Posts tagged story.
Starring: Mandy Moore & Shane West
In memory of those who passed away in World War II. We will never forget you.
I felt something cold touch my face with the softest pressure. A stone-hard hand gently, but repetitively slapped my cheek. I desperately wanted to know who this person was; trying to wake me up in the midst of my blissful dream. I opened my eyes suddenly, and leaped out of my bed, to find out that it was Mutti. “Ally! Quick! Get dressed we must go into hiding immediately. The soldiers are coming soon. There are only two bikes, and three of us. You and Pappi are heading down to the annexe first. I will come later”. It was four o’clock in the morning. The sun was still fast sleeping, but the city was already awake. In the distance, I could hear the soldiers firing their guns, bombs exploding, and aeroplanes moaning up in the clouds. It was 1940, and peace still seemed far away.
I whispered my final farewells to the house and Rachelle, our cat; then shortly after, Pappi and I departed for the annexe. We paddled on our bikes as fast as we could, careful not to make any noise. The Nazi’s were cruel, vicious ‘predators’ whose mission was to hunt down the entire Jewish population. Every single one of us Jews, was their prey. Each solider was a ‘dog’, who had eyes at the back of their heads, and noses that were able to sense anything within a ten mile radius. I forced myself to think about positive things, to be as optimistic as I could. Unlike many other Jews, my family and I were incredibly fortunate to have an annexe to hide in. Others didn’t dream of having such a chance, and their only choice they could make was to give in, to the ‘predators’. Then, all of a sudden, a whistle was blown. Our bikes screeched and halted to a stop. I gave Pappi a worried and distressed look, and we both got off our bikes. The bright headlight of the cars dazzled my dark, doomed eyes, while we stumbled across the footpath to the seven officers - all with tidy and complete uniform and a murderous, monstrous look in all of their dignified eyes. I couldn’t take my eyes off their distinct swastika armbands, that each solider wore with pride. The Star of David on my arm suddenly weighed a hundred tons heavier, pulling me to the ground as if I was about to collapse. I tried to hold myself together. “Good morning gentleman” Pappi greeted them, the fear was conspicuous in his voice. The head officer stepped out towards us, and grabbed my arm with great force. “Would you like to explain to me - you filthy Jews - what you are doing at four-thirty in the morning?” Pappi hesitated, and struggled for an explanation. Before he could reply, the officers cuffed our hands behind our backs. I screamed at the top of my lungs for help, but nothing happened. Abruptly, something hard hit my head, and I fell. That was the last time I saw my father.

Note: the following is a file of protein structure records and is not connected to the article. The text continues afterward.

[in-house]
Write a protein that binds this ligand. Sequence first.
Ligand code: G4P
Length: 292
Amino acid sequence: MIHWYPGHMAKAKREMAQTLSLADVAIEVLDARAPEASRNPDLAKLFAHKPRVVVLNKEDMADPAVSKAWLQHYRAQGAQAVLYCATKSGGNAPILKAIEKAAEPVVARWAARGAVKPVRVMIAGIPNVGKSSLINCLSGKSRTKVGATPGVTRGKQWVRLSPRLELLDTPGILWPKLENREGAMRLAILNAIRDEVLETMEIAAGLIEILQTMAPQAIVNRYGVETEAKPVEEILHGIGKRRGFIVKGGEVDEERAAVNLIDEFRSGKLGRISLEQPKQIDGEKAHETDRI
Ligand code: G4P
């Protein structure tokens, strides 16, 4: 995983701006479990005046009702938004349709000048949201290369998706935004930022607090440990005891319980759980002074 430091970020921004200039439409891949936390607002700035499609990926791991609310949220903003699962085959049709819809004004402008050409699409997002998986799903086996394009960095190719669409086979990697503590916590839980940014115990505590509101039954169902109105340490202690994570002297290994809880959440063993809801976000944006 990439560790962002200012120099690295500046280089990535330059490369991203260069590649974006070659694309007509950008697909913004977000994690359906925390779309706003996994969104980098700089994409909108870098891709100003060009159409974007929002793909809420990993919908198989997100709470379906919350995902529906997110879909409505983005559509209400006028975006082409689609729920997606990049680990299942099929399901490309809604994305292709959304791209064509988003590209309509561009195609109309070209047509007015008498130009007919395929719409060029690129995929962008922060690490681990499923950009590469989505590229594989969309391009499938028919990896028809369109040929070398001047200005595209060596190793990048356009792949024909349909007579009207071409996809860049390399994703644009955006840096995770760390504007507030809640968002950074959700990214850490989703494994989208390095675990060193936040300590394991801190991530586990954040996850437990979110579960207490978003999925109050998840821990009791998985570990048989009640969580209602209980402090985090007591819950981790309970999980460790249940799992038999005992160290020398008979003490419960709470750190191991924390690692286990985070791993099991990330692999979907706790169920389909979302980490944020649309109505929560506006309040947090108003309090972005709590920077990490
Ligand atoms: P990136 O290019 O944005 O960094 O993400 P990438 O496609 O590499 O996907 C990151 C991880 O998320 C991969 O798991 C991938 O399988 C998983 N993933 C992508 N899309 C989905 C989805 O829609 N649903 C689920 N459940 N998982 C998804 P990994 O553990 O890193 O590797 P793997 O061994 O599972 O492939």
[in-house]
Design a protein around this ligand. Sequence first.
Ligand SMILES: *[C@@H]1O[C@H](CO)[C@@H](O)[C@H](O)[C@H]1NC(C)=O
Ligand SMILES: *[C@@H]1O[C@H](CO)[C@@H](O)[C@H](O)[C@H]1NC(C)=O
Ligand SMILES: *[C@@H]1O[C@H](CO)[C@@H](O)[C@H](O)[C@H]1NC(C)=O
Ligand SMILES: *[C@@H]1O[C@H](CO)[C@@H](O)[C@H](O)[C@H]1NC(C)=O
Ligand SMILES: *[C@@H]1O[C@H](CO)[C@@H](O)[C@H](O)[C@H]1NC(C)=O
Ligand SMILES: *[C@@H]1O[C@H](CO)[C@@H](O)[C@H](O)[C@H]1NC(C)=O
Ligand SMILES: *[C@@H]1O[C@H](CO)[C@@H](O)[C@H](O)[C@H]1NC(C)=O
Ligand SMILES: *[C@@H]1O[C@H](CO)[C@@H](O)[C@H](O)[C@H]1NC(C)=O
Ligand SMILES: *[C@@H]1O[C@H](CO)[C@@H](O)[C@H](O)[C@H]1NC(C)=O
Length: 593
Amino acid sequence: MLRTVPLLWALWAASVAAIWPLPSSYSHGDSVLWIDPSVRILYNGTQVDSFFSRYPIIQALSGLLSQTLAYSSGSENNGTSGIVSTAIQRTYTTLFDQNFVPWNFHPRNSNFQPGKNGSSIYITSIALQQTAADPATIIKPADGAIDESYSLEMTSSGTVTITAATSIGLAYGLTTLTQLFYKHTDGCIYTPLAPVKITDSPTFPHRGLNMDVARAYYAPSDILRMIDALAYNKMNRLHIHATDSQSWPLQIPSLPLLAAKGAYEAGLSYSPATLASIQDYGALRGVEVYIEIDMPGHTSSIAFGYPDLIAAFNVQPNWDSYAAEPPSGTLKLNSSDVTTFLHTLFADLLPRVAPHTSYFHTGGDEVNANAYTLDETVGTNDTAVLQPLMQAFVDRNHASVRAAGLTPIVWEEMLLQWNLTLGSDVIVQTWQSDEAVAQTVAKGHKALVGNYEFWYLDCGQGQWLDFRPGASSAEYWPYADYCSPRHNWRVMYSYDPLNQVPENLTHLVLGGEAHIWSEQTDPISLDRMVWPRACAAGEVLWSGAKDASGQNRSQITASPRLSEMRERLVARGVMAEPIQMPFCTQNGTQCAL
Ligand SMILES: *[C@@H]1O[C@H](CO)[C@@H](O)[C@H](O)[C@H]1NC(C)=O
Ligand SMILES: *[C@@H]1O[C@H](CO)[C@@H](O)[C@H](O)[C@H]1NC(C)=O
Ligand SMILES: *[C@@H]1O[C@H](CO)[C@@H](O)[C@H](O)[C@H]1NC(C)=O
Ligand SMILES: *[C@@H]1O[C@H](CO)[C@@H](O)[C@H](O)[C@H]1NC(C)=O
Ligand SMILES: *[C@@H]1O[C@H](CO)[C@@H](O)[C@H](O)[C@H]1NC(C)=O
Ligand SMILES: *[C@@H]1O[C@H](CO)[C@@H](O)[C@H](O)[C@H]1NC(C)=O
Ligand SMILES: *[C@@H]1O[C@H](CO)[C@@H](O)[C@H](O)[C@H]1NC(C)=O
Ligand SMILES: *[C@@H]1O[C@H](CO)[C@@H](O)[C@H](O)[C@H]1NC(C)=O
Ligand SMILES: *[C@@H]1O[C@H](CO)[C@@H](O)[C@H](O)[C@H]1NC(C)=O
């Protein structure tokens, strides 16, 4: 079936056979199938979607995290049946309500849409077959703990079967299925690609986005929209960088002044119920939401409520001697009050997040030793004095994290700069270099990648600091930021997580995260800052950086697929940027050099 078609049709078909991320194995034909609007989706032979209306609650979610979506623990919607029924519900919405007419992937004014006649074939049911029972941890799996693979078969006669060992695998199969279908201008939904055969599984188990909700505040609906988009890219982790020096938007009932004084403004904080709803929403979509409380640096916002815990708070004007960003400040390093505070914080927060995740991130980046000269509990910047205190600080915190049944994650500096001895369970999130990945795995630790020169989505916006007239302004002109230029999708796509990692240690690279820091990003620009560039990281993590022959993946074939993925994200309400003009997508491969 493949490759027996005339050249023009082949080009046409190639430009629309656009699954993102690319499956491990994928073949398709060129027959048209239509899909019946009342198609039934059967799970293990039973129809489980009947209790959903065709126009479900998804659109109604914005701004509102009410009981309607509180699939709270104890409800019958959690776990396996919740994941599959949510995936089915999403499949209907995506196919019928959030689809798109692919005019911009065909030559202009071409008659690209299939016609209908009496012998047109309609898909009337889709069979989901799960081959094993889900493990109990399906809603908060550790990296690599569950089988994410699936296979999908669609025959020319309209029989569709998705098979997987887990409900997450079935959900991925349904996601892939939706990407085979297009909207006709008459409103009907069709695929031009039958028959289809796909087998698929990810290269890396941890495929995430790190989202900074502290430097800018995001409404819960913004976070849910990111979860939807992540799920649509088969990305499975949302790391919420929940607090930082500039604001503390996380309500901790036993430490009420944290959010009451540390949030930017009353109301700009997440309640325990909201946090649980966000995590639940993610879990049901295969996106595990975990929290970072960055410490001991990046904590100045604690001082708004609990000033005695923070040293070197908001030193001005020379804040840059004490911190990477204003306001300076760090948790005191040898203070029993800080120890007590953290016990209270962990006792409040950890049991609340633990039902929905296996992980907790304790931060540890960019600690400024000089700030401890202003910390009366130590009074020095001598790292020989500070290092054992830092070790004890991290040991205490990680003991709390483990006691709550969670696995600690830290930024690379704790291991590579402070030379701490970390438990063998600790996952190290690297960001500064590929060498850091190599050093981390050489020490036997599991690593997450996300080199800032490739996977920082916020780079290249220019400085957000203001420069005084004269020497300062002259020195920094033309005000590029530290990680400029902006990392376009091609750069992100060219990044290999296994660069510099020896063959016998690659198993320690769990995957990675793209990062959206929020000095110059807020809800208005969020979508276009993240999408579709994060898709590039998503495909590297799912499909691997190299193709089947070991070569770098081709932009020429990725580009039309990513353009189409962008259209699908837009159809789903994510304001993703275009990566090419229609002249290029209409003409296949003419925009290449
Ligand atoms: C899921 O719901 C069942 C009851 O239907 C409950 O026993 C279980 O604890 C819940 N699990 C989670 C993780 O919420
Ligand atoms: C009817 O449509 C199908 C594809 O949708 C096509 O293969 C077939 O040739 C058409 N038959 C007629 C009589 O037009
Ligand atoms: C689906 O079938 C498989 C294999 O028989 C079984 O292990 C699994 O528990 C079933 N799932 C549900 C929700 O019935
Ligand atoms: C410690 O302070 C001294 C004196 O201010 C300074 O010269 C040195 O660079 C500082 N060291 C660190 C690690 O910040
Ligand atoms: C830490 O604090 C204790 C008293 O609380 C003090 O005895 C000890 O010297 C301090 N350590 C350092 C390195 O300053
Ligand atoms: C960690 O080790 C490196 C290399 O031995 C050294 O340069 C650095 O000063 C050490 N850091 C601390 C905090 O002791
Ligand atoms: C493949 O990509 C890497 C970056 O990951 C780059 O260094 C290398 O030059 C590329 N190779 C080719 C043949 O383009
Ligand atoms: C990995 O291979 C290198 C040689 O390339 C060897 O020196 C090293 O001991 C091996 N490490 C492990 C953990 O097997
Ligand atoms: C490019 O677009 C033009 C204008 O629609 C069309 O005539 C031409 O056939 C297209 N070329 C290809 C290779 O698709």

I woke up, completely oblivious to what was happening. There were hundreds of women and children all around me, cuddling in their own groups. Confused, I turned around to see a girl my age alone, all by herself. It looked like she was trying to hold herself together from falling into pieces. “Excuse me, where are we? What is happening?” I asked the girl. She replied ”We are being deported to the Auschwitz camp.” I froze. Auschwitz. I heard Mutti and Pappi muttering about it, when I was eavesdropping on their conversation a while ago. According to Auntie Edith, it was some sort of ‘concentration camp’ where people were tortured, and forced to work for the Nazis. Not many survived. I was completely shocked, and was at a lost for words. “What’s wrong?” asked the girl beside me. “Oh…erh… nothing” I replied anxiously. “Well, I’m Evaniella. I lost all my family. We were all separated in Bergen-Belsen” declared the girl. I was in disbelief, because I was in the same situation as her. “I’m so sorry.
I-I-I don’t know where my f-f-family is too. I’m A-Ally.” I stuttered. I was frightened. Where could Mutti and Pappi be? Were they in danger too? Would I ever see them again? I found myself desperately attempting to find answers to all my questions and problems, but I couldn’t find the solutions. After a while, the train stopped. There were officers outside shouting at us as the door rolled open. We were ordered out of the tram. Little kids were crying, and women were buzzing in their own private conversations. The officers shoved us into an open court, where all out precious locks were shaved off. Evaniella and I stuck together, completely confused and afraid. We took our clothes off and we were all crammed into a narrow room. The steel doors slammed shut. “What’s happening?” I asked a middle-aged woman. “We are all taking a shower” she replied with confidence. Evaniella and I thought it was strange. Why would you need to get all of your hair shaved off to take a shower? The lights went off, it was pitched black. All the women and children were screaming. I held Evaniella’s hand tightly in mine, hopeful, that something or someone would save us from this living hell. But that was the end of everything.
[‘You can’t ever really know the meaning of your life, and you don’t need to. Just know that your life has a meaning. Every life in the world has a meaning. Whether it lasts one hundred years, or one hundred seconds; every life, and every death, changes the world in its own way. Don’t postpone what you want. Make sure the people you care about know how you really feel, because just like that. It could end.’]